Your perception of pain is nothing like what anybody else will ever experience. It is a unique type of feeling. But universally it is a hurtful sensation of varying degrees.
Despite pain’s unpleasantness, it is a health promoting vibe that alerts you regarding some sort of potential or actual damage to your body. A fantastic warning mechanism in reference to an injury or disease. However, pain is not always useful.
Whenever nerve endings are stimulated by either damage or inflammation, pain is a signal by using neurotransmitters. This signal is sent to your brain via nerve fibers and spinal cord for interpretation and response.
As such, you may take immediate physical action (pull hand off stove) or further assessment may be necessary to determine your health’s problem. All geared toward preventing tissue damage and stopping the pain because it has served its purpose.
Besides removing your physical self from the cause of the pain, another method your body uses for stopping it is the release of natural painkillers, or endorphins. Yet, this source is not always adequate to get your pain to subside, especially if prostaglandin hormones are released by your immune system. Or if certain neurotransmitters are activated, which enhance the pain message.
Pain is not only felt at the site of stimulation, but can misguide your brain to other parts of the body supplied by nerves in the same sensory pathway. For example, angina and heart attack pain warnings may be felt in your left arm. This pain causing phenomenon is called referred pain.
Pain is generally referred to as acute or chronic type of pain. Acute pain doesn’t last long and usually subsides during the process of healing, notoriously caused by an injury or inflammation. This pain type is generated via your sympathetic nervous system, the same nerves engaged in fight-or-flight response. And rarely does this type of pain end up chronic.
Chronic pain is pain that lasts for what seems like forever, which can be made much worse by environmental (i.e. temperature, noise, body position) and psychological factors (i.e. stress, anxiety). This type of pain may be caused by an ongoing health condition, such as cancer or arthritis. Or continue well beyond a cure because your brain continues to perceive pain despite the lack of an identifiable cause.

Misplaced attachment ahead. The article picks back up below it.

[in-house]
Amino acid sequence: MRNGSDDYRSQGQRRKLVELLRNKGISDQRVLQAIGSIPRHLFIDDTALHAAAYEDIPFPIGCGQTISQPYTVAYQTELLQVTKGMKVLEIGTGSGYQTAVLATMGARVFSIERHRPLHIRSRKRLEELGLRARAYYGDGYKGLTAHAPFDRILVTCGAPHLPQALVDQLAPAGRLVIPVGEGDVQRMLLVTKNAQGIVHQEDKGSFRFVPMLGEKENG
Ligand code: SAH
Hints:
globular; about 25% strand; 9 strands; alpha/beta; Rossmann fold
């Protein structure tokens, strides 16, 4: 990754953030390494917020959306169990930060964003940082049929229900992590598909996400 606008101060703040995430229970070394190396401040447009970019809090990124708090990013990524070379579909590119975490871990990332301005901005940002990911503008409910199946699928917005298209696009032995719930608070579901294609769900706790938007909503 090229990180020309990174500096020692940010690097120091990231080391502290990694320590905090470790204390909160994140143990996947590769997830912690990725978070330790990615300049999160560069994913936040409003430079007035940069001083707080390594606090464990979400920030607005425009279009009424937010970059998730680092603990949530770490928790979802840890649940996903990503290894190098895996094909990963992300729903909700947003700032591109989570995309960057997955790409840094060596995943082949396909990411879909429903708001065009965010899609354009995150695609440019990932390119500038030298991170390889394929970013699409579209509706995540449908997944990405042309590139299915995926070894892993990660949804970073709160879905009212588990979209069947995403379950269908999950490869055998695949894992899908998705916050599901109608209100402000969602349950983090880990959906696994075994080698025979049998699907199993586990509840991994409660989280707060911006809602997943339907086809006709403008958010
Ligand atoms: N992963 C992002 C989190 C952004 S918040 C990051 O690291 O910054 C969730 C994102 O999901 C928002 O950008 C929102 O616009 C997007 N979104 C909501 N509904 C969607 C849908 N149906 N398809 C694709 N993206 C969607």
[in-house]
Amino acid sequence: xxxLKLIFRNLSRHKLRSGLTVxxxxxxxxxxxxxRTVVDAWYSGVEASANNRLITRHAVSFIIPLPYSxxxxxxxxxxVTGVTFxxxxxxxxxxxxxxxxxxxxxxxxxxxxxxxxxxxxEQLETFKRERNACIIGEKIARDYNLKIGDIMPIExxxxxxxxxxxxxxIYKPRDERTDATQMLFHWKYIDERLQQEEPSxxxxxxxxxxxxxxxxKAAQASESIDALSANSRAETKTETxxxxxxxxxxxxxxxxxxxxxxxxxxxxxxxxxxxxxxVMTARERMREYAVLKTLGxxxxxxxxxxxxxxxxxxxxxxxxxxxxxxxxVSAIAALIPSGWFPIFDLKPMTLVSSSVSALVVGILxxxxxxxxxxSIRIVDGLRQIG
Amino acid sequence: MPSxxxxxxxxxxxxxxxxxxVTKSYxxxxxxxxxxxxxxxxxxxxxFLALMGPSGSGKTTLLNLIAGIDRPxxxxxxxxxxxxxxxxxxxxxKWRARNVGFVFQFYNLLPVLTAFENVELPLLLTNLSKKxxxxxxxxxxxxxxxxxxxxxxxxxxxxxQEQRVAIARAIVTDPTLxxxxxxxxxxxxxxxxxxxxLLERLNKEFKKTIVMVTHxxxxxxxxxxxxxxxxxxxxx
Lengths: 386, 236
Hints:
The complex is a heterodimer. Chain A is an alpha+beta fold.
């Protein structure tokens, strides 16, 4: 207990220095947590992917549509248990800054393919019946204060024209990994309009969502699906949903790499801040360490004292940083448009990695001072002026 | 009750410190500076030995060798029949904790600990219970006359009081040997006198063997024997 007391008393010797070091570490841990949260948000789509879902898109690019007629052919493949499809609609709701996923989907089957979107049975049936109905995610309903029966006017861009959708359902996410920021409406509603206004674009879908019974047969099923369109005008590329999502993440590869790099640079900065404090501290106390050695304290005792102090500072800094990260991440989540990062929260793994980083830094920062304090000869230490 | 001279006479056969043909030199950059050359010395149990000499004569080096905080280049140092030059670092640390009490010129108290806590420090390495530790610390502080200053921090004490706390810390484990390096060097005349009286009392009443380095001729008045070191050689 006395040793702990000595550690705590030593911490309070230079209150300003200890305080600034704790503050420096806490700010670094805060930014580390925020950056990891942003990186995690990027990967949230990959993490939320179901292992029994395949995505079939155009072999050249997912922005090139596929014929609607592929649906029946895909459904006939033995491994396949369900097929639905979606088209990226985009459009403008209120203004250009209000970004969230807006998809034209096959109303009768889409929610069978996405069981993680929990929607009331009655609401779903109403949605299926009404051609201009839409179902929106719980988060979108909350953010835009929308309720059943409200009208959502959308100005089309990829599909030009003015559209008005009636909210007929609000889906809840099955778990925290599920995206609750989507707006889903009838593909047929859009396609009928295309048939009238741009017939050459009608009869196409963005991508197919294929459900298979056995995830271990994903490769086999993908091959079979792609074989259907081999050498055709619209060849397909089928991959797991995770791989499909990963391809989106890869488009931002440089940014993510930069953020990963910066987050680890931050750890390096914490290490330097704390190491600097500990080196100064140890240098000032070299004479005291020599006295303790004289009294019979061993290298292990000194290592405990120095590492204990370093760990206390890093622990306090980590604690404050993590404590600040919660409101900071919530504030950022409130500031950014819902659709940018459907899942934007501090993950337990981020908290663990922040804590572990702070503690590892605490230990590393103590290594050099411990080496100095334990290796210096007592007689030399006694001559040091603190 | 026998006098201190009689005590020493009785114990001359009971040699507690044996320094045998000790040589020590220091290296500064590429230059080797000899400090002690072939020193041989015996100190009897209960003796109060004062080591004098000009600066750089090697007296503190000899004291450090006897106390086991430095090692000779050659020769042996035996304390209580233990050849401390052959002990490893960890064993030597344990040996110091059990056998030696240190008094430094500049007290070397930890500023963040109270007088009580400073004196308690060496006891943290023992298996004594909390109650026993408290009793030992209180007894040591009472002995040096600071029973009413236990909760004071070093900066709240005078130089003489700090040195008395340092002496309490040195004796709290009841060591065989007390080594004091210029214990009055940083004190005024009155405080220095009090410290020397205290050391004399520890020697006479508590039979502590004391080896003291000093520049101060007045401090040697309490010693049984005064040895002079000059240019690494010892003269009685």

Pain is described in a myriad of ways, like:
- felt all over
- come & go
- limited to one area
Type of pain is frequently labeled by location or health condition causing your annoying sensation, just to name a few:
- foot pain
- heel pain
- flank pain
- finger pain
- chest pain
- sore throat
- muscle pull
- skin infection
- testicular pain
- abdominal pain
- myofascial pain
- lower back pain
- neuropathic pain
- tendinitis, bursitis
- sprain, strain, tear
- rheumatoid arthritis
- respiratory infection
- peripheral neuropathy
Not much happens to your body where pain doesn’t have its say.
Fortunately, there are numerous options for treating pain. Acute pain relief can often be managed with OTC pain relievers, i.e. aspirin, acetaminophen or ibuprofen (NSAIDs). Severe pain may require something stronger, like sedatives, opioid narcotics or morphine.
Management of chronic pain can sometimes pose a challenge for relief. Yet, various pain relief management techniques are available, for example:
- severing a nerve in pain pathway
- certain antidepressants, anticonvulsants
- transcutaneous electrical nerve stimulation
- nerve block ~ destroys part of a peripheral nerve
- direct application of drugs to nerves transmitting the pain signals
- microprocessor-controlled analgesic injections, implanted drug-delivery system
- relaxation techniques focuses brain elsewhere & reduces stress~ yoga,meditation
- surgery to correct or remove cause of pain ~ herniated disc, carpal tunnel syndrome
- electrical stimulation ~ electrodes implanted to stimulate peripheral, spinal cord nerves
Pain relief management techniques work differently for everyone, so you may need to try several to discovery which works best for your type of pain. And many pain treatments won’t relieve all your pain, but should reduce its severity and how often it occurs.
Finally, regular exercise is believed to increase the production of endorphins, your body’s natural painkillers. So, get moving.